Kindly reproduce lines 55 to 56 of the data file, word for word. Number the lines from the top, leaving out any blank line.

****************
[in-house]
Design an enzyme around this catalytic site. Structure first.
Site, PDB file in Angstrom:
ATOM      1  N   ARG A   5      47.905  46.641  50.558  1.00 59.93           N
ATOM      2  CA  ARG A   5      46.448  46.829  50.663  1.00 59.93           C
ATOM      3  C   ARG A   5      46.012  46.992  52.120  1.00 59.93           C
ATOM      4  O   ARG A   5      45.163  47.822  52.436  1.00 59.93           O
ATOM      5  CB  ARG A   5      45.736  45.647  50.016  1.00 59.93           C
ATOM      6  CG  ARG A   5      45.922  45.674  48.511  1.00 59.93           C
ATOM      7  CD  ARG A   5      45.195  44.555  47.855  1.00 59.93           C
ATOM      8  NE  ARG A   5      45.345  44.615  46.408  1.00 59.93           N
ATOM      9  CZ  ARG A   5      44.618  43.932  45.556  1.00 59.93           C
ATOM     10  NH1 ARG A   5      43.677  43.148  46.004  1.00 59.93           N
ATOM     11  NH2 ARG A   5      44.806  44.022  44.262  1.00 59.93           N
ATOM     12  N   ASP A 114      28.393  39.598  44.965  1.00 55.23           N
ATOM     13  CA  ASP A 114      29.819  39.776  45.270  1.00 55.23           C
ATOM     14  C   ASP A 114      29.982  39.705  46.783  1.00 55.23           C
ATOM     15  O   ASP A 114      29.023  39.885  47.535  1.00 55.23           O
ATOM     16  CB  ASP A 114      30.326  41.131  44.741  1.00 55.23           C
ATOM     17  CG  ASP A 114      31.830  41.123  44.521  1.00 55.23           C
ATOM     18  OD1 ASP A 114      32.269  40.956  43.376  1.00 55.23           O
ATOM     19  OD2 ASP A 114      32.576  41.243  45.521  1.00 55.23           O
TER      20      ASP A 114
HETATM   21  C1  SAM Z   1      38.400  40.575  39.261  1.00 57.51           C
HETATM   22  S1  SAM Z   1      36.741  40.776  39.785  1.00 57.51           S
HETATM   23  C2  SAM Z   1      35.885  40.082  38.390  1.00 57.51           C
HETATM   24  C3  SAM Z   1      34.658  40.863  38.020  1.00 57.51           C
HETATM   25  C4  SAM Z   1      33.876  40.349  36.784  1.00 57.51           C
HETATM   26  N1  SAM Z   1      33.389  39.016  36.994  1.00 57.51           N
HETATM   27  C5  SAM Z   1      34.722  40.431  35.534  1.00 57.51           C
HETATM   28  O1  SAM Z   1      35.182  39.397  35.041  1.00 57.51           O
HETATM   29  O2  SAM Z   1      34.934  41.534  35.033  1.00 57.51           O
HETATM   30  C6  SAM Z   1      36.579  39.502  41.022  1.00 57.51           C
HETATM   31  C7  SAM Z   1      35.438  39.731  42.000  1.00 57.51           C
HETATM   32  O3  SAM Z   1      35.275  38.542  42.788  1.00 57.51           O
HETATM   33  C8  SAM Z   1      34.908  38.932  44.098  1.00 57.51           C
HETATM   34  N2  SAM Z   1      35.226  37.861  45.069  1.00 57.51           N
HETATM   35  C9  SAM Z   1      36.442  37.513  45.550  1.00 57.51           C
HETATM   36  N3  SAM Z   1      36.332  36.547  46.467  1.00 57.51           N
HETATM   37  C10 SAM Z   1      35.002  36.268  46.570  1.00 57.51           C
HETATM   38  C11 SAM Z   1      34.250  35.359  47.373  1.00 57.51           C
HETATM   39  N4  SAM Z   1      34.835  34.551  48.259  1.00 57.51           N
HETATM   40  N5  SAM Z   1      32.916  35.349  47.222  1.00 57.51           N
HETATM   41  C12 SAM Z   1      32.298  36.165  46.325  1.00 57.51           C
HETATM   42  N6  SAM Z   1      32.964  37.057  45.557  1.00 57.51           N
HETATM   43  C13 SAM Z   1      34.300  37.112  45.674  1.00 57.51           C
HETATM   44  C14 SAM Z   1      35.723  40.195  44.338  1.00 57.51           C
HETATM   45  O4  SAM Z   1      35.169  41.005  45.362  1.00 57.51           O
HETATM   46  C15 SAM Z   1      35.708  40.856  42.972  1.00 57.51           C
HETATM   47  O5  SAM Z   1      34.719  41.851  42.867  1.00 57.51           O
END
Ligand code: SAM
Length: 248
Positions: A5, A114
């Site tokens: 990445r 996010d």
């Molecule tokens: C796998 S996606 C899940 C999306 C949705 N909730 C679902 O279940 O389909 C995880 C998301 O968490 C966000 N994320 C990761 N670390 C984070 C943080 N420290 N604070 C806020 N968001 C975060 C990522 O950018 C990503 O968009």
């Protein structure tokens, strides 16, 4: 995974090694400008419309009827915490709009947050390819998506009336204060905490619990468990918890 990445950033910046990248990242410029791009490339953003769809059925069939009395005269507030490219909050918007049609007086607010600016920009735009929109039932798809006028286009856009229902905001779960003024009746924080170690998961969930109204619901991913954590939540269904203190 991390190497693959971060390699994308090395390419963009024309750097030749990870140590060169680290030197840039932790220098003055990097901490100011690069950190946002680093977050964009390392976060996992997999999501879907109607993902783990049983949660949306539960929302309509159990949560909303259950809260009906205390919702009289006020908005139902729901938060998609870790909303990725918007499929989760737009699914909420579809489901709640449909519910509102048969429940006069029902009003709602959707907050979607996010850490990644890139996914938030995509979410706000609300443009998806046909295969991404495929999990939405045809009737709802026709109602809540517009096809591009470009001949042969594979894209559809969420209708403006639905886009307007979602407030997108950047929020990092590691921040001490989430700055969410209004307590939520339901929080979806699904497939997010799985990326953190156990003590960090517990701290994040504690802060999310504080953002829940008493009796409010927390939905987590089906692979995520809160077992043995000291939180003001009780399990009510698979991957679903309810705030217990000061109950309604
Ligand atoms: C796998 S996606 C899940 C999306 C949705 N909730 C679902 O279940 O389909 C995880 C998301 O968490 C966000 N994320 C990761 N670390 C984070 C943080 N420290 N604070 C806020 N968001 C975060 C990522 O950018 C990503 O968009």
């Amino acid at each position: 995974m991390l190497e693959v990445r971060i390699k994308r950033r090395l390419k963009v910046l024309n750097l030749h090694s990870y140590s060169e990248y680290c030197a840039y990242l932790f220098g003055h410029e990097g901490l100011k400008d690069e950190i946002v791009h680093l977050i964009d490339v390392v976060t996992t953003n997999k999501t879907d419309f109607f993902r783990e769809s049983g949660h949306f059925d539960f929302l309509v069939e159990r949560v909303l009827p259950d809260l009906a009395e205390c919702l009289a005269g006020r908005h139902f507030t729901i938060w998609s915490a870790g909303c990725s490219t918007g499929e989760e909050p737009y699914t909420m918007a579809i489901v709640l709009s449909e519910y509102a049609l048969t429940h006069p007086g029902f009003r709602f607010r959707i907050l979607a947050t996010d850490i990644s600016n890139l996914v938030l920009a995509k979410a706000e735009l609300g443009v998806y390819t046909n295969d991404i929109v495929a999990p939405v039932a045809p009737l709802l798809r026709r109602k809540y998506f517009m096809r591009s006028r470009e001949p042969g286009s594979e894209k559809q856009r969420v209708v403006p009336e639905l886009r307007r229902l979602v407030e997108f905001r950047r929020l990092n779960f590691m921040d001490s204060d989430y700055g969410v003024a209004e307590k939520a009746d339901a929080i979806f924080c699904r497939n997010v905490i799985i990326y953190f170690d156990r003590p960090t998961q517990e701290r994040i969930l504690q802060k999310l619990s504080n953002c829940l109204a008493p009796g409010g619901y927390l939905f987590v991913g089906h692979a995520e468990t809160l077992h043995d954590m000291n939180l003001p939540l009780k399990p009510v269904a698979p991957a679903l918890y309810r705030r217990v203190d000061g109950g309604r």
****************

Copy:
């Site tokens: 990445r 996010d």
């Molecule tokens: C796998 S996606 C899940 C999306 C949705 N909730 C679902 O279940 O389909 C995880 C998301 O968490 C966000 N994320 C990761 N670390 C984070 C943080 N420290 N604070 C806020 N968001 C975060 C990522 O950018 C990503 O968009």